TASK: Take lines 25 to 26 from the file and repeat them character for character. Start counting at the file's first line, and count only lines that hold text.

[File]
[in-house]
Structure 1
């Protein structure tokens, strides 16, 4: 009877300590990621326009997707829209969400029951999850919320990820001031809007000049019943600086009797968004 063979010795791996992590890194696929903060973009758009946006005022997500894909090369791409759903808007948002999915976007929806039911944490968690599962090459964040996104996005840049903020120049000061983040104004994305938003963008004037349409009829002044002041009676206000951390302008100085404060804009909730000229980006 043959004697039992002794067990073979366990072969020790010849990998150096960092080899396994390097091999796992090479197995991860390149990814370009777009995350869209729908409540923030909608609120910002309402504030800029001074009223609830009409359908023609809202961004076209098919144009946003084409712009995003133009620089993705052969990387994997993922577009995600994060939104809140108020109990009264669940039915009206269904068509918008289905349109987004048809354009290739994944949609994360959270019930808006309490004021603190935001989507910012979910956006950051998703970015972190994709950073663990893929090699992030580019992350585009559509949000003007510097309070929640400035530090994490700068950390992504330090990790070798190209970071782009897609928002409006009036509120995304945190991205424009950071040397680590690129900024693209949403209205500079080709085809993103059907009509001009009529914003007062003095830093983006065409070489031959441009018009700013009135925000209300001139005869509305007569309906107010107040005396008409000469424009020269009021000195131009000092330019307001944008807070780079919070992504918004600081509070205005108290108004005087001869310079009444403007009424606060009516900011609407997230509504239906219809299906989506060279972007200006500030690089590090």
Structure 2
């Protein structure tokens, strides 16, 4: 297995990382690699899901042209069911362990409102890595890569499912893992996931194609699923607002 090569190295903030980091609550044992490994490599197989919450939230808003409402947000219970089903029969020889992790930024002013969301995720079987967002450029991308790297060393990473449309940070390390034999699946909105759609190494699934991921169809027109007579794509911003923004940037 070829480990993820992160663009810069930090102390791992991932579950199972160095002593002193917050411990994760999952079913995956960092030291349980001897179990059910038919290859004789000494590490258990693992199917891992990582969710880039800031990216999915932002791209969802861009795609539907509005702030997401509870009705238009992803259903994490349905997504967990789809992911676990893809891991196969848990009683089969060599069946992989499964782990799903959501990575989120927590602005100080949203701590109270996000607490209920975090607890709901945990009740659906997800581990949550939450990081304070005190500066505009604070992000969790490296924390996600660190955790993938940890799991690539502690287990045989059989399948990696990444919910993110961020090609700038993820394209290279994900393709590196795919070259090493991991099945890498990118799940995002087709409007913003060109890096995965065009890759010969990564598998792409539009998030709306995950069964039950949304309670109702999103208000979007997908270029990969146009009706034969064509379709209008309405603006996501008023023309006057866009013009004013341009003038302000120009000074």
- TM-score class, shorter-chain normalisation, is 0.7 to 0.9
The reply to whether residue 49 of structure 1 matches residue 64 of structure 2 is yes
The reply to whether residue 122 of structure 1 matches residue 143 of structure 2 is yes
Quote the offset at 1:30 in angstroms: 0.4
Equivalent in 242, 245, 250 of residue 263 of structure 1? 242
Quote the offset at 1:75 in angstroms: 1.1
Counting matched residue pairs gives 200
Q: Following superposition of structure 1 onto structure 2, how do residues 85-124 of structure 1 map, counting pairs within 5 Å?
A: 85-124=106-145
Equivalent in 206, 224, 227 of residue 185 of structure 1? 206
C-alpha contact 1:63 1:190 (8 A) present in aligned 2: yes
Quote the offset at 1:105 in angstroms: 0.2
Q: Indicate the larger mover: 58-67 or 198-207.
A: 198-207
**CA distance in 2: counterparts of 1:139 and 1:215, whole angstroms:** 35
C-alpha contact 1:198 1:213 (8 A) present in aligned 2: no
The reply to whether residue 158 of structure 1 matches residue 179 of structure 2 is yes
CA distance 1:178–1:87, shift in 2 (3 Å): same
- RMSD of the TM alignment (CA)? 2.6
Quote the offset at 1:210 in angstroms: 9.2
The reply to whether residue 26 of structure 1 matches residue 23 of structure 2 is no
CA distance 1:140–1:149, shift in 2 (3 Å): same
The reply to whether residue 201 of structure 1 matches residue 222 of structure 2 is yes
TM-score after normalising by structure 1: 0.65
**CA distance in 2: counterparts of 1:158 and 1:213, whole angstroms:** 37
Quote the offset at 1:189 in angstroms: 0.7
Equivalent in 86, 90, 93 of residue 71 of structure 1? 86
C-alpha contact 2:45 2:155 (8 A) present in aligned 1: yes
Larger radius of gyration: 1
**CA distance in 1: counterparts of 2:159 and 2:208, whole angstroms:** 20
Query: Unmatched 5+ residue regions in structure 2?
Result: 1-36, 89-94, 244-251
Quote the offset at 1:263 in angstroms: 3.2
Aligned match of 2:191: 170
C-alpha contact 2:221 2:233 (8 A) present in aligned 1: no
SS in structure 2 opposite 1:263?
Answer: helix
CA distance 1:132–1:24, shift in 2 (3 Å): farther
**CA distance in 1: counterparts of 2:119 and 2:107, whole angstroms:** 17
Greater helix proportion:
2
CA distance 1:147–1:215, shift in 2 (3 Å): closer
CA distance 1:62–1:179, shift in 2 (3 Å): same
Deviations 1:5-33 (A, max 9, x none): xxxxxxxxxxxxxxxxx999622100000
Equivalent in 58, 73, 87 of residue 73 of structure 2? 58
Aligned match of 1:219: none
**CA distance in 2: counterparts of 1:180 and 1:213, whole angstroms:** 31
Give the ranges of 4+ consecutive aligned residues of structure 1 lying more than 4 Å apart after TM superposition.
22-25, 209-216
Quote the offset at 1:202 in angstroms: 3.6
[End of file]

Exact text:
Quote the offset at 1:210 in angstroms: 9.2
The reply to whether residue 26 of structure 1 matches residue 23 of structure 2 is no